As time neared to put together this edition of Convergent Streams news of two deaths came to my attention. One was of Bishop Gus Howard Thompson. Bishop Gus was a kind and thoughtful individual. His struggle with cancer was short, but he battled hard and with dignity. I hope to have a memorial article next edition for him.
The second death was much closer to home. My cousin, Ellen Stites, a mere 19 years old died in a horrific car accident. She came upon a horse and buggy on the road in Kentucky and managed to swerve enough to keep the occupants of the horse and buggy from being injured or killed. However, she lost control and flipped her car several times. She was ejected and died on the scene.
I had not seen my cousin since she was a little tyke, but this strange feeling of loss overwhelmed me. I was puzzled and angered that this was causing me difficulty when I had so much to do. With the help of several good people in my life, I was able to understand that part of this pain was mourning. It was not just normal mourning of a loss, it was also mourning the loss of possibilities. You see, I had not seen or spoken with my cousin in years. I have been distant from that side of the family for years due to the fact that I married the wrong person, left the Roman church and picked the wrong side in my parent’s divorce.
Ellen’s death signaled the end of possibilities. I can never get to know the young lady she became. I can never talk to her about what we had in common and what we had as differences. I can never patch up the relationship that dissolved before she was old enough to know what was going on. In many respects, I have only myself to blame. I could have reached out. I could have called, written, or messaged her or any of my family. I chose not to because of issues from years ago.
Many of us today carry with us the pains and scars of years ago. Those pains, scars, wounds keep us locked away and rob us of possibilities. We allow them to keep us from experiencing life, making new friends, or keeping the friends we have. Some of us have let those things keep us from God, church and religion. For some of us, we have allow them to make us jaded, cynical and hateful. We allow those things to build walls around us to keep out the possibility of pain or hurt. We allow our interactions with each other to become condescending and mean. We think that if we strike first, we are less likely to be hurt in the long run.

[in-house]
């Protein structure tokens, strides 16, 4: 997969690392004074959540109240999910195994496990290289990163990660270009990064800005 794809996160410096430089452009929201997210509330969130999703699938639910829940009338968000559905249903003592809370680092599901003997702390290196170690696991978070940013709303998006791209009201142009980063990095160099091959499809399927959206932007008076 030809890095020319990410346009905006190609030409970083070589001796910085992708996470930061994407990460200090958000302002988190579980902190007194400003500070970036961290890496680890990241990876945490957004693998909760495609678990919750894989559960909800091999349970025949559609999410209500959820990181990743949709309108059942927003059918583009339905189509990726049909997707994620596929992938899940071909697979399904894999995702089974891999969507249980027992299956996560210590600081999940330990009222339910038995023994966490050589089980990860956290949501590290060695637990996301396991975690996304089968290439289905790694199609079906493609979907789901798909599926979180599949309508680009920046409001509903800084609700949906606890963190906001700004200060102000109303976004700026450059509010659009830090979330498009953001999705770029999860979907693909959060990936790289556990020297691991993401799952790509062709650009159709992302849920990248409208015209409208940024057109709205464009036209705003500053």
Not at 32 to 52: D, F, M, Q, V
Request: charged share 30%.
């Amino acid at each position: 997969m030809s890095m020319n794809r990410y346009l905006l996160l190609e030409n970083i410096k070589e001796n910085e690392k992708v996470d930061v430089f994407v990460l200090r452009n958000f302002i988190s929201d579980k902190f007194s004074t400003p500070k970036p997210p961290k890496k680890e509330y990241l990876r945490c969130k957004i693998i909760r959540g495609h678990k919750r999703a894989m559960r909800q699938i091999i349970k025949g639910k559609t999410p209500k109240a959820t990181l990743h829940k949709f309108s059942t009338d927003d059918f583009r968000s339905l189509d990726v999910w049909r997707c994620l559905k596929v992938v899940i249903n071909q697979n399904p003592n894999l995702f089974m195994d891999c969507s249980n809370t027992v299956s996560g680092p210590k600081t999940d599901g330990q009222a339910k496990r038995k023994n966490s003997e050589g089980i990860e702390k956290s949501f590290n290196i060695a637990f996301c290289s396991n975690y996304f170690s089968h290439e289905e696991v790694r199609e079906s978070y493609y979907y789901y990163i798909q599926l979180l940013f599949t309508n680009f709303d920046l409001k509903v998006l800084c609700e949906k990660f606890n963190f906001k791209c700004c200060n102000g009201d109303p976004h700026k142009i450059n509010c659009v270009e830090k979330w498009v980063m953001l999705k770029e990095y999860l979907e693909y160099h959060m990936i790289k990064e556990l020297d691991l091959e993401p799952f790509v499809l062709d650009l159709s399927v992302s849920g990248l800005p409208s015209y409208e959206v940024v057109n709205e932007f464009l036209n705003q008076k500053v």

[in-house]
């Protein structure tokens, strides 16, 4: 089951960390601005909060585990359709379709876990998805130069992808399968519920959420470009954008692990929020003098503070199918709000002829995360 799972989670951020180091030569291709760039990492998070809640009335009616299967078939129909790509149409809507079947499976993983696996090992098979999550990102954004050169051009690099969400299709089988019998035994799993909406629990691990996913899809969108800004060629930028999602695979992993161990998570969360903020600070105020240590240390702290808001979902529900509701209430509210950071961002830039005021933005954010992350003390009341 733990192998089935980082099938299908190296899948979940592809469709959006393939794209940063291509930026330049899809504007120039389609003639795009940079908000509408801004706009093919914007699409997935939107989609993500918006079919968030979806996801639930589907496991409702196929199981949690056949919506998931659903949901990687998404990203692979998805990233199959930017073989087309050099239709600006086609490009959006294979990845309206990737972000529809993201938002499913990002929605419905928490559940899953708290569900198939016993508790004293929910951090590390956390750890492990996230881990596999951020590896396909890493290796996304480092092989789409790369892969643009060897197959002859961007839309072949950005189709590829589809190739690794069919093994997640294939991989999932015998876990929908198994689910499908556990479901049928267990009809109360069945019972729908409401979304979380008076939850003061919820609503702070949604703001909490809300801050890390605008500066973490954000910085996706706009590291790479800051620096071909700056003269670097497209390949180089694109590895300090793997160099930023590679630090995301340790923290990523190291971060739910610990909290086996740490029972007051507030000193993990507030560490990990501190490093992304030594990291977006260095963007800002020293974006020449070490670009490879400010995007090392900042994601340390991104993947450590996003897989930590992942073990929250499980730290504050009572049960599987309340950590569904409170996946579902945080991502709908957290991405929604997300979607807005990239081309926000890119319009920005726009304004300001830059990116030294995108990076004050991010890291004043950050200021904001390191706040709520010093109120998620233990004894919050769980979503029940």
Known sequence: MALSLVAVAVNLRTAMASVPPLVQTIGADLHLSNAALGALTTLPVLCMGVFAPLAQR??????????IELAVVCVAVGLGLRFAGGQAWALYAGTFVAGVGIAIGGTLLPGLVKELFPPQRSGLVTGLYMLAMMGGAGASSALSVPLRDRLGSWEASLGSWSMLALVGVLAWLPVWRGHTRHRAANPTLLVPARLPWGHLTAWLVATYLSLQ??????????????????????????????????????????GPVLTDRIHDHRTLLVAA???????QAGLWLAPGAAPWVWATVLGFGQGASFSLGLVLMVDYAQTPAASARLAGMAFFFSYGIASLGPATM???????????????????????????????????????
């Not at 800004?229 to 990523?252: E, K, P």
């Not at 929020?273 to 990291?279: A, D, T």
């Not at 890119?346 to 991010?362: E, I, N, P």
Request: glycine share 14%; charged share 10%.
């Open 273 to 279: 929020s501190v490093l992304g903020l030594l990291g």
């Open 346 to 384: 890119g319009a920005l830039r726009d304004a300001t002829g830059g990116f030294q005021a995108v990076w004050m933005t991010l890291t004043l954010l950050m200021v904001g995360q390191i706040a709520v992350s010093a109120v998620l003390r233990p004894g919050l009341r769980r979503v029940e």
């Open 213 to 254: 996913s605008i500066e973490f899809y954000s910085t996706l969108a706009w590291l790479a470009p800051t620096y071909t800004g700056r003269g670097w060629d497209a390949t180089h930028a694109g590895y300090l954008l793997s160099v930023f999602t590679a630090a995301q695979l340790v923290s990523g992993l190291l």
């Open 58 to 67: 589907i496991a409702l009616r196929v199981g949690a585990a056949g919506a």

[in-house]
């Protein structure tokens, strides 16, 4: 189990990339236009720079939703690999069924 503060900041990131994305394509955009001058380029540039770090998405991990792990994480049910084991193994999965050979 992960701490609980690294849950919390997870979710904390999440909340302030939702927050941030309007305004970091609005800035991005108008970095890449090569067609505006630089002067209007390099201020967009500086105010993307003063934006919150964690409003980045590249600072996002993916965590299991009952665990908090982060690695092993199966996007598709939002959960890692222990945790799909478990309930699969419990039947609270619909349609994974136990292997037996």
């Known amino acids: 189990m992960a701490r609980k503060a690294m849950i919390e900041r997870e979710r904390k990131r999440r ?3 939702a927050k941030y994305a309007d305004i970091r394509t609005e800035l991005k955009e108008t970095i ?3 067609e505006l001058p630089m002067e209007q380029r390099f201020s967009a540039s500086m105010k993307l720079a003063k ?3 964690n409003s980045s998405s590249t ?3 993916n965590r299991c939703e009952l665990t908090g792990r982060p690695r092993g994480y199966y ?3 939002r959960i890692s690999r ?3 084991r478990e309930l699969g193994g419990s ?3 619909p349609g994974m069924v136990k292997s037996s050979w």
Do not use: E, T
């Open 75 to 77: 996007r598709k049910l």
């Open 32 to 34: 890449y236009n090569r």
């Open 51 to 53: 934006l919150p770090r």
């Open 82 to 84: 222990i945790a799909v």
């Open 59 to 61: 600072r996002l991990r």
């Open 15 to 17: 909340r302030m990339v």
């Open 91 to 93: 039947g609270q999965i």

For me, my solution was to wall myself off from others. I learned to keep my feeling hidden. I learned to keep people at arm’s length. I covered my pain with humor, mostly self-deprecating humor, but humor nonetheless. I pushed things down until they were ready to erupt like Mount Saint Helen!
There are healthy ways to deal with our past. We do not have to buy into the stigma that reaching out for help, professional or otherwise, is a sign of weakness or insanity. Even the strongest people in the world need help sometimes. That is not weakness, knowing when you need support and help is a sign of great strength.
Reach out today to those around you. Seek help from trained professionals if you need to. Do not wait until it is too late to deal with your past. Regret is a terrible master to serve. And what is even worse is that you do not have to be its slave.
May God continue to richly bless you all,
The Right Rev. Gregory Godsey, OSFoc is the Managing Editor of Convergent Streams. He is the Presiding Bishop of the Old Catholic Churches International and the Bishop Ordinary of the Diocese of Saint Maximilian Kolbe (AL, FL, GA, and SC). He is also the Director of the Office of Communications and Media Relations for the OCCI. He lives in North Augusta, South Carolina with his wife and son.